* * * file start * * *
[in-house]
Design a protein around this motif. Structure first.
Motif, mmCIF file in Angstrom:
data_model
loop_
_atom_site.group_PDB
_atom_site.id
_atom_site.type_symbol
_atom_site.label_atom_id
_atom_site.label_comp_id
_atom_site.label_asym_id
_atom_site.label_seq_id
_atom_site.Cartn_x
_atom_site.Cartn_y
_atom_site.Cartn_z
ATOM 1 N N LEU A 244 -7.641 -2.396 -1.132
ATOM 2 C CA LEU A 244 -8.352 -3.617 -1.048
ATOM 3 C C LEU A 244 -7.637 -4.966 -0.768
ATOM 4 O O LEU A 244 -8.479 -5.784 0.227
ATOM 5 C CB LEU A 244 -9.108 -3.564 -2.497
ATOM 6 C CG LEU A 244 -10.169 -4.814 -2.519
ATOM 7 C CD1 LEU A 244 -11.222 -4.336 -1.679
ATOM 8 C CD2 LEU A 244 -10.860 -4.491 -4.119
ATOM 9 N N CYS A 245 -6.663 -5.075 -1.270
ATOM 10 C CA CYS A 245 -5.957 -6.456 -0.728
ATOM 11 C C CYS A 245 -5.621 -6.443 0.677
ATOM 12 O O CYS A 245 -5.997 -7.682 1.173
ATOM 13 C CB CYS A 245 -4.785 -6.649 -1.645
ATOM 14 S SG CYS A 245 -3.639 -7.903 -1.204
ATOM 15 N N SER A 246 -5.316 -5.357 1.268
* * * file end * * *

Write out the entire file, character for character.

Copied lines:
[in-house]
Design a protein around this motif. Structure first.
Motif, mmCIF file in Angstrom:
data_model
loop_
_atom_site.group_PDB
_atom_site.id
_atom_site.type_symbol
_atom_site.label_atom_id
_atom_site.label_comp_id
_atom_site.label_asym_id
_atom_site.label_seq_id
_atom_site.Cartn_x
_atom_site.Cartn_y
_atom_site.Cartn_z
ATOM 1 N N LEU A 244 -7.641 -2.396 -1.132
ATOM 2 C CA LEU A 244 -8.352 -3.617 -1.048
ATOM 3 C C LEU A 244 -7.637 -4.966 -0.768
ATOM 4 O O LEU A 244 -8.479 -5.784 0.227
ATOM 5 C CB LEU A 244 -9.108 -3.564 -2.497
ATOM 6 C CG LEU A 244 -10.169 -4.814 -2.519
ATOM 7 C CD1 LEU A 244 -11.222 -4.336 -1.679
ATOM 8 C CD2 LEU A 244 -10.860 -4.491 -4.119
ATOM 9 N N CYS A 245 -6.663 -5.075 -1.270
ATOM 10 C CA CYS A 245 -5.957 -6.456 -0.728
ATOM 11 C C CYS A 245 -5.621 -6.443 0.677
ATOM 12 O O CYS A 245 -5.997 -7.682 1.173
ATOM 13 C CB CYS A 245 -4.785 -6.649 -1.645
ATOM 14 S SG CYS A 245 -3.639 -7.903 -1.204
ATOM 15 N N SER A 246 -5.316 -5.357 1.268